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    May 10 2012: I think scepticism is required.
    I am not talking about the automatic rejection of things that do not conform to your own beliefs, but the conscious effort to demand proof.
    If something is presented as observable - observe it before you accept it.
    Identify all assumptions included in the information - and test them.
    If you cannot observe, and cannot test, keep trust on hold. If it's important to you, find reliable sources who can observe or test. Peer review and teh scinetific method is helpful - but check sources.
    If the information cannot be reliably tested or observed. Treat it as rubbush.

    Treat all stories with suspicion - be aware when you are suspending disbelief. Stories can become part of your belief system and circumvent teh process of experience. This has the power to skew your expectations and lead to mistaken actions.

    Information acquired by direct observation is the most reliable - and becomes more reliable with experience.
    Information acquired through communication is not pre-pared like food, it is pre-digested. Without direct observation it will not become more reliable.
    Communication is conducted between proxy-selves in our own heads, these proxy selves lay-down secondary belief systems that are used for medium/long term decision making. In a very rich communication environment it is easy for identity to become lost in the proxies. Return your identity to your core self before accepting pre fabricated belief systems - some of them are designed to keep you lost.

    Above all remember: Communicated information is not a rendition of teh other person's senses - it is a rendition of their perception - perception is constructed of belief systems, belief systems can be corrupt or untested. If you accept the communication - you also accept the belief system that produced it.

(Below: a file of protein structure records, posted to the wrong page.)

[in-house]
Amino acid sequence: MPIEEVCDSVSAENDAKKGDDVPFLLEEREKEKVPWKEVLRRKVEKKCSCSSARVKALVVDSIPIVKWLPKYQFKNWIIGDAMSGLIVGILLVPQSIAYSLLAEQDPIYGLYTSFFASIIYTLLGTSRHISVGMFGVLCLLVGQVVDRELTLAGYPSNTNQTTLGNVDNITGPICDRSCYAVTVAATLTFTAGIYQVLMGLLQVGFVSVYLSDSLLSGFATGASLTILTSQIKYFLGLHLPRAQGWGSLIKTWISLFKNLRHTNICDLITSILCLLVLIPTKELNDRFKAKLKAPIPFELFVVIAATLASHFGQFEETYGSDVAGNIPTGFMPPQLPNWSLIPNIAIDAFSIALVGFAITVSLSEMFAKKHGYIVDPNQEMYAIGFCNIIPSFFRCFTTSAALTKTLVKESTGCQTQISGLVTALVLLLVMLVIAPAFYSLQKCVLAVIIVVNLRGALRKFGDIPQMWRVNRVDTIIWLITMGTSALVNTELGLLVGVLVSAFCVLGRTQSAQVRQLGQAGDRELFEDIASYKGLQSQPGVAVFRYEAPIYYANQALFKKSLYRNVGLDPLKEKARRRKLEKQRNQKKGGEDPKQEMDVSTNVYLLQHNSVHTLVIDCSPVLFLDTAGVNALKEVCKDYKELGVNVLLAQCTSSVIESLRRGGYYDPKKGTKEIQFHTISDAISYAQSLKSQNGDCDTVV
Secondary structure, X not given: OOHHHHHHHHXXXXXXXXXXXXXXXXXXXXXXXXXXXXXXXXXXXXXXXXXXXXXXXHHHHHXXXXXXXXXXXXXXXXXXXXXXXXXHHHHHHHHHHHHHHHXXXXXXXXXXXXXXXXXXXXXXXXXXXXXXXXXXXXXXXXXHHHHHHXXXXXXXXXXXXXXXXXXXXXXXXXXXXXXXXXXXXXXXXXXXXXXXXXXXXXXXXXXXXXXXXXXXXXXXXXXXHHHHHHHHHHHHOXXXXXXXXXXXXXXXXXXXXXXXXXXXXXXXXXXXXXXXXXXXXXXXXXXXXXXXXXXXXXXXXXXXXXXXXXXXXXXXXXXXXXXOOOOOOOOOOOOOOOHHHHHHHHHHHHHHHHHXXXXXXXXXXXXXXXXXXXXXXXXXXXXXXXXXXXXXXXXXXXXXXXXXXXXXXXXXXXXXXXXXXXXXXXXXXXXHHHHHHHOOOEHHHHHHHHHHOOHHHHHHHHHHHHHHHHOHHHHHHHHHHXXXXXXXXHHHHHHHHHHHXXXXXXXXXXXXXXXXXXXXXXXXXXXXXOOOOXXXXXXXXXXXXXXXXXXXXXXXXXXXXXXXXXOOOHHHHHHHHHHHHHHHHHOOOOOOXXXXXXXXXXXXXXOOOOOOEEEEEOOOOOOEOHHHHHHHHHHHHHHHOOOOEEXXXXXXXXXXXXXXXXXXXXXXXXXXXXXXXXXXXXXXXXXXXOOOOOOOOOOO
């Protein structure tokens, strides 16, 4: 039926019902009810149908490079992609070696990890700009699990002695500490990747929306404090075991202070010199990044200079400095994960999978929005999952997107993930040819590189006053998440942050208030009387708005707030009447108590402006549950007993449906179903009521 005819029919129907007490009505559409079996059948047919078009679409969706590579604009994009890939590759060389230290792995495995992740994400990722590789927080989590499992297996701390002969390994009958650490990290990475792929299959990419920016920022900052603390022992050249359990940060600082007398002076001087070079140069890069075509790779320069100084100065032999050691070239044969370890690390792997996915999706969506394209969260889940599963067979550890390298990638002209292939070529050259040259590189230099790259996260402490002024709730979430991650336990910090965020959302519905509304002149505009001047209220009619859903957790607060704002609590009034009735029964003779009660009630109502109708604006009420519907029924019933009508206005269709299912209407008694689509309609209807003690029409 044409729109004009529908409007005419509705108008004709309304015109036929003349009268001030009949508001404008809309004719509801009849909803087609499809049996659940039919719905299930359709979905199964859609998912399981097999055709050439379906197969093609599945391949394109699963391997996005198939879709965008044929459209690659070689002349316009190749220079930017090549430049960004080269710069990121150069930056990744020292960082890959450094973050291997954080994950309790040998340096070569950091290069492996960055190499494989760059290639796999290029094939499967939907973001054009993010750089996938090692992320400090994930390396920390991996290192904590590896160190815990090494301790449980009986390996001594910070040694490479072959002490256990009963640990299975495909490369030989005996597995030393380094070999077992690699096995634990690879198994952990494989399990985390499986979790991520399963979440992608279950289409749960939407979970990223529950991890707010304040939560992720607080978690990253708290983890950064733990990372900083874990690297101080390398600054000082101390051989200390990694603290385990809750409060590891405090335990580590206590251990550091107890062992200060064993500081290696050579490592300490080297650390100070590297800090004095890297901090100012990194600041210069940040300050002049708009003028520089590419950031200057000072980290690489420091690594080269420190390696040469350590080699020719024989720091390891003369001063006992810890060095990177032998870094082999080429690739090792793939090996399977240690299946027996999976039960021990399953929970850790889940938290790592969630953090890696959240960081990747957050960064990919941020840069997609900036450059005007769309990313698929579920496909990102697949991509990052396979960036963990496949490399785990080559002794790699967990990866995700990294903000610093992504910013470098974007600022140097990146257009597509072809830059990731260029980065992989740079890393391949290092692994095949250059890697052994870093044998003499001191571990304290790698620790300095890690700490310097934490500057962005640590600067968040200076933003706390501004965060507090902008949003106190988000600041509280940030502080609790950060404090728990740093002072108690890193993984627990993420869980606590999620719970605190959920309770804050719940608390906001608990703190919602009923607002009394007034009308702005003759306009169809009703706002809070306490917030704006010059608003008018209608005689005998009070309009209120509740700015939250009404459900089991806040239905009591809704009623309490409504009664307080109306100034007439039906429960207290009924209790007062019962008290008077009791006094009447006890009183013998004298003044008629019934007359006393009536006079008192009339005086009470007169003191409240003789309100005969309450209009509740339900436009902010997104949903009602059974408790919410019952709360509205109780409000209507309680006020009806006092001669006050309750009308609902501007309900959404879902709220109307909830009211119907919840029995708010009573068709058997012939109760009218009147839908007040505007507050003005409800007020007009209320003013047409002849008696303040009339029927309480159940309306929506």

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    May 9 2012: All info, all the time is leading to the significance of trusted sources. How can I find those reliable sources with intimate knowledge? Klout, wiser earth, personal encounters at conferences, others?
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    May 9 2012: Joachim Stroh, after seeing the video, created this "nutrition" label....

  • May 9 2012: I think to register information into your head is to try finding something you can relate it to your own personal experiences or the people you know. Only then it will leave an impression.
    As you suggests, visual learning helps a great deal as well. More visual interaction and less of text makes a topic interesting.
    Or another way is to play a game with yourself or someone else about what you have learned, like asking question (Q&A) and see who scores. :)
  • May 9 2012: Let me begin by continuing with the parable of food. We need food for various purposes like tickling our taste buds, observing a ritual, appropriately dealing with the social occasion, maintain our health, etc. In short for the purpose of `living'. Switching over to information, we need information for same purposes. Yes we need something interesting, and useful in the short run as well as in the long run. Cognitive scientists tell us that we have two types of cognitive abilities (read information processing setups). Type 1 relies on reaching quick judgement conveniently and without much efforts. It answers questions like whether the person in front of me can be my friend or not or is she or he honest or not. Type two is the logical reasoning variety that require efforts. It typically is employed when we want to find out answer to questions like what is 23x13? We are warned that Type 1 is inaccurate but fast and Type 2 is more accurate but slow and requires more effort. We are also warned that we are lazy type of people and fail to double check what our Type 1 lead us to believe, often to our dismay. I think we should be better off if we look after our preferences and our requirements, both short-term as well as long-term, just as in food.